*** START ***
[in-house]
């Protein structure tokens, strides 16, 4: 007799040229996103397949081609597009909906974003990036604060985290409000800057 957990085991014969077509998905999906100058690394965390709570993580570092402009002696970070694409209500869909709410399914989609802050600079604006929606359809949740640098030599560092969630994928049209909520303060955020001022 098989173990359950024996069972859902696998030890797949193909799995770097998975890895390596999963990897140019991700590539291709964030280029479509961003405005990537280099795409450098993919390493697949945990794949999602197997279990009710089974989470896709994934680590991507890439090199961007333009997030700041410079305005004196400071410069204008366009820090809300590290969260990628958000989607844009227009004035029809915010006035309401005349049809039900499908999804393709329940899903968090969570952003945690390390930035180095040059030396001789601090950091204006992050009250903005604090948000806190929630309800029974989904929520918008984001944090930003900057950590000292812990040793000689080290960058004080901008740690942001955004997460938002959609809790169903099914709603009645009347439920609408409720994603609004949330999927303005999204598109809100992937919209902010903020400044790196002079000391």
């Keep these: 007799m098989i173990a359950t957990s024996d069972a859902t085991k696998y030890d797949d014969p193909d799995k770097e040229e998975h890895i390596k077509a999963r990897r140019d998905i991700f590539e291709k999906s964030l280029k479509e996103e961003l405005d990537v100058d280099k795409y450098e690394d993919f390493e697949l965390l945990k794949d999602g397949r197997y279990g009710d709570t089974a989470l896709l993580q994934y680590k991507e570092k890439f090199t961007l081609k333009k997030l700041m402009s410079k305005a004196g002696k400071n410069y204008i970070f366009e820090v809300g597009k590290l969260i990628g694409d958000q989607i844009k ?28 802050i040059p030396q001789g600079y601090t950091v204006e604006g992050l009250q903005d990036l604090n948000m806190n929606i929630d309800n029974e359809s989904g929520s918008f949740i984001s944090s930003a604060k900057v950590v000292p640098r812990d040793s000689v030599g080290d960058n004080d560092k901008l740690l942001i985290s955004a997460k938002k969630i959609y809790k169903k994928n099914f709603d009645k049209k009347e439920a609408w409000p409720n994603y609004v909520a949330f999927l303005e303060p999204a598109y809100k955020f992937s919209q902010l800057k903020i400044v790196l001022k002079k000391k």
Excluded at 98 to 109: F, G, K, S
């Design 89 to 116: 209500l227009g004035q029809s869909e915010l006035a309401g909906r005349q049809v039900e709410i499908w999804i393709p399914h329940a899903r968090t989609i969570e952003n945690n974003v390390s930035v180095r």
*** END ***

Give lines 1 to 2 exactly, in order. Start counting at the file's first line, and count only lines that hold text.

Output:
[in-house]
């Protein structure tokens, strides 16, 4: 007799040229996103397949081609597009909906974003990036604060985290409000800057 957990085991014969077509998905999906100058690394965390709570993580570092402009002696970070694409209500869909709410399914989609802050600079604006929606359809949740640098030599560092969630994928049209909520303060955020001022 098989173990359950024996069972859902696998030890797949193909799995770097998975890895390596999963990897140019991700590539291709964030280029479509961003405005990537280099795409450098993919390493697949945990794949999602197997279990009710089974989470896709994934680590991507890439090199961007333009997030700041410079305005004196400071410069204008366009820090809300590290969260990628958000989607844009227009004035029809915010006035309401005349049809039900499908999804393709329940899903968090969570952003945690390390930035180095040059030396001789601090950091204006992050009250903005604090948000806190929630309800029974989904929520918008984001944090930003900057950590000292812990040793000689080290960058004080901008740690942001955004997460938002959609809790169903099914709603009645009347439920609408409720994603609004949330999927303005999204598109809100992937919209902010903020400044790196002079000391």